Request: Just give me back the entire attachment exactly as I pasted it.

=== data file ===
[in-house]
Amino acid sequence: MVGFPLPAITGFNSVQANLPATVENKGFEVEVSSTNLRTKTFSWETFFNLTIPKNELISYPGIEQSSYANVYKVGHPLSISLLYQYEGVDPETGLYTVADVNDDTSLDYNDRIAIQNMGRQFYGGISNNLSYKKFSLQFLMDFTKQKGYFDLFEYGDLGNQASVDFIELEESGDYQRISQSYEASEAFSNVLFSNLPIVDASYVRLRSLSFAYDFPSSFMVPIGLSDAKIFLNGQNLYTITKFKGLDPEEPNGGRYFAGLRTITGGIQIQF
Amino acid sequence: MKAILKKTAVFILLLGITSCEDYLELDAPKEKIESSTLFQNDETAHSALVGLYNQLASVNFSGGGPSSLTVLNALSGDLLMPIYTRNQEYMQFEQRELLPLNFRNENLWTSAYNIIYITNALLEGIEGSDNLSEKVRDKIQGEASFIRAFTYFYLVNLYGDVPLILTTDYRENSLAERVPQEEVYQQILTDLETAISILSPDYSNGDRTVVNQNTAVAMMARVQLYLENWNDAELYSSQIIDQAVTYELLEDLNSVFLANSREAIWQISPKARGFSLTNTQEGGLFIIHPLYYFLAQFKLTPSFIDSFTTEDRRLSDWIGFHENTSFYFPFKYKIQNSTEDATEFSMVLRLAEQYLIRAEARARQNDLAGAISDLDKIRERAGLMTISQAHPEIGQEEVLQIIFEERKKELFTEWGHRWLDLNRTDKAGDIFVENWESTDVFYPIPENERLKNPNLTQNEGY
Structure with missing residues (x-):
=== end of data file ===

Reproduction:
[in-house]
Amino acid sequence: MVGFPLPAITGFNSVQANLPATVENKGFEVEVSSTNLRTKTFSWETFFNLTIPKNELISYPGIEQSSYANVYKVGHPLSISLLYQYEGVDPETGLYTVADVNDDTSLDYNDRIAIQNMGRQFYGGISNNLSYKKFSLQFLMDFTKQKGYFDLFEYGDLGNQASVDFIELEESGDYQRISQSYEASEAFSNVLFSNLPIVDASYVRLRSLSFAYDFPSSFMVPIGLSDAKIFLNGQNLYTITKFKGLDPEEPNGGRYFAGLRTITGGIQIQF
Amino acid sequence: MKAILKKTAVFILLLGITSCEDYLELDAPKEKIESSTLFQNDETAHSALVGLYNQLASVNFSGGGPSSLTVLNALSGDLLMPIYTRNQEYMQFEQRELLPLNFRNENLWTSAYNIIYITNALLEGIEGSDNLSEKVRDKIQGEASFIRAFTYFYLVNLYGDVPLILTTDYRENSLAERVPQEEVYQQILTDLETAISILSPDYSNGDRTVVNQNTAVAMMARVQLYLENWNDAELYSSQIIDQAVTYELLEDLNSVFLANSREAIWQISPKARGFSLTNTQEGGLFIIHPLYYFLAQFKLTPSFIDSFTTEDRRLSDWIGFHENTSFYFPFKYKIQNSTEDATEFSMVLRLAEQYLIRAEARARQNDLAGAISDLDKIRERAGLMTISQAHPEIGQEEVLQIIFEERKKELFTEWGHRWLDLNRTDKAGDIFVENWESTDVFYPIPENERLKNPNLTQNEGY
Structure with missing residues (x-):